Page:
University of Florida

Mexican Bromeliad Weevil: Introduction

The Mexican bromeliad weevil (Metamasius callizona (Chevrolat)) is an invasive insect attacking native bromeliad populations in Florida. The weevil is originally from Mexico and Guatemala and arrived in Florida on ornamental shipments of bromeliads that came from Mexico. The weevil was first discovered in 1989 in Florida on bromeliads in a grower's greenhouse in Broward County. An attempt was made to eradicate the weevil but it was too late - the weevil was already established on native, wild bromeliads. Florida has 16 species of native bromeliads and 12 of them are susceptible to attack by the weevil. Ten of these species are listed as endangered or threatened and 1 species is precinctive to Florida. A potential biological control agent, Lixadmontia franki Wood and Cave, was discovered in Honduras in 1993 on a related species of bromeliad-eating weevil, M. quadrilineatus Champion. Lixadmontia franki is a specialist parasitoid of bromeliad-eating weevils and was shown in the laboratory to parasitize the Mexican bromeliad weevil. Beginning in 2007, the fly has been released and monitored for survival and establishment in several natural areas in Florida. The fly is capable of surviving in the wild in Florida but has not yet shown any indication of establishment or of having an effect on the weevil or bromeliad populations.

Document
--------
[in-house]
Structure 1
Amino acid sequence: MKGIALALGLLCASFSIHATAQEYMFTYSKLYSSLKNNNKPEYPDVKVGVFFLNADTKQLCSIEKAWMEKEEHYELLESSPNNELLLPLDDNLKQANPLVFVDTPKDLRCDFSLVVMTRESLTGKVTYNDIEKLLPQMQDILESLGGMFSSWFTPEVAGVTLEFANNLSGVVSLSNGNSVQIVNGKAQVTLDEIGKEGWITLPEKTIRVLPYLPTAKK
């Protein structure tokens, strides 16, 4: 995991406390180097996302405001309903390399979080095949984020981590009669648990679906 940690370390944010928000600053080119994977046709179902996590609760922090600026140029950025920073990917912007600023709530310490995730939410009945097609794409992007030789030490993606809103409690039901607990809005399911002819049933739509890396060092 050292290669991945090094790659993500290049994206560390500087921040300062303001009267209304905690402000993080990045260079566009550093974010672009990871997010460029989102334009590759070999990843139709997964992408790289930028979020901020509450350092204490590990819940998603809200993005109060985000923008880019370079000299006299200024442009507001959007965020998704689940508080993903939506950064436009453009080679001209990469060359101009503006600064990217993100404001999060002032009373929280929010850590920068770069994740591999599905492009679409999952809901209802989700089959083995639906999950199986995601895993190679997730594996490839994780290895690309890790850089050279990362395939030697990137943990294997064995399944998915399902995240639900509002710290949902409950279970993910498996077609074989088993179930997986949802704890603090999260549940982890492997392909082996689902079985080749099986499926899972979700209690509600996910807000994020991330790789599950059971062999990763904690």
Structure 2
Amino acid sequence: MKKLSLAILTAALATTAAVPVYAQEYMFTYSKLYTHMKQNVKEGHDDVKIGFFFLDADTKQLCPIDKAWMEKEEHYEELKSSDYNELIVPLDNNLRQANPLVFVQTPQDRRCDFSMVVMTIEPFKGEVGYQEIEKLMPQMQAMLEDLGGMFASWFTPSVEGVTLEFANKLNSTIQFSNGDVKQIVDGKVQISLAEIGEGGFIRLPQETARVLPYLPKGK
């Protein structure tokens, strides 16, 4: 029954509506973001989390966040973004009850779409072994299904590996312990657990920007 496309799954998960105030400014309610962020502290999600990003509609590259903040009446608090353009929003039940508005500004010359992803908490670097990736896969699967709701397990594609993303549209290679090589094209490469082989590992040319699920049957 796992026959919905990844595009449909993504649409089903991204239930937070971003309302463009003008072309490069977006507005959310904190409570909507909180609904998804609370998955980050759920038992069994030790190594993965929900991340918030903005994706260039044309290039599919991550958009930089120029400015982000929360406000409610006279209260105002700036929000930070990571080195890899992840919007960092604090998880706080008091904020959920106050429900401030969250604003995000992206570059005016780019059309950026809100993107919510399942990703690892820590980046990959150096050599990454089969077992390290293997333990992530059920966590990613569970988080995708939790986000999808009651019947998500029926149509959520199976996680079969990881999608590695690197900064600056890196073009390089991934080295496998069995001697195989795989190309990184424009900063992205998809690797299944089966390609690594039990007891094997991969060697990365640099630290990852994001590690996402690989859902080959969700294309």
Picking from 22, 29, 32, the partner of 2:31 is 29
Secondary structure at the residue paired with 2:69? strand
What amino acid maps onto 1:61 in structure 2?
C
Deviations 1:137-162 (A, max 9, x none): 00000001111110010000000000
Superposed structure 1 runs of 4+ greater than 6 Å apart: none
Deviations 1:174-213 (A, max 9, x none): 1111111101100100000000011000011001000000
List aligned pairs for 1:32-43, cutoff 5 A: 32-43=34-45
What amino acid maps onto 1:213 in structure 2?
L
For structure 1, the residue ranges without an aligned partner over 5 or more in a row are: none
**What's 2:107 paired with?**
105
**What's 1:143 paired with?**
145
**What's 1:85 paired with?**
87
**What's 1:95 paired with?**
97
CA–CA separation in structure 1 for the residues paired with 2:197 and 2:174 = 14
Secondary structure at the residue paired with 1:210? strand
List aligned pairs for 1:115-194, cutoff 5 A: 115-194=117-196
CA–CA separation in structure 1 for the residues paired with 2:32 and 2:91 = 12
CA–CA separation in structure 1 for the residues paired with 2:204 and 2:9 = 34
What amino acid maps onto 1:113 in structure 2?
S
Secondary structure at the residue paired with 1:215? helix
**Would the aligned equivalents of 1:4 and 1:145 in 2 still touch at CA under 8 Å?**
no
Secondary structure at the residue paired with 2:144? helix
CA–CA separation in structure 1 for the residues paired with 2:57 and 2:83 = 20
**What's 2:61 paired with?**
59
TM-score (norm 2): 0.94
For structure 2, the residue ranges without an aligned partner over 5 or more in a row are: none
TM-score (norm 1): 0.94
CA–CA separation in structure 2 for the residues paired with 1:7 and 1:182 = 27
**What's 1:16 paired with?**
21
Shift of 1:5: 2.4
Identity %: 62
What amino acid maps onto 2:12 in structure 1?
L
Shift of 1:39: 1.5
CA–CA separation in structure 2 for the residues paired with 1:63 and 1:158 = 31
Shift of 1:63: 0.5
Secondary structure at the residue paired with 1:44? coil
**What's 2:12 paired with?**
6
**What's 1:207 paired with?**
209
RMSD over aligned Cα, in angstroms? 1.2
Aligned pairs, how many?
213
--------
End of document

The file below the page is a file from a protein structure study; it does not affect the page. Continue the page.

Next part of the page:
Mexican bromeliad weevil
Mexican Bromeliad Weevil

pine forest with bromeliad weevils

Fly thatparacitizes weevils
Lixadmontia franki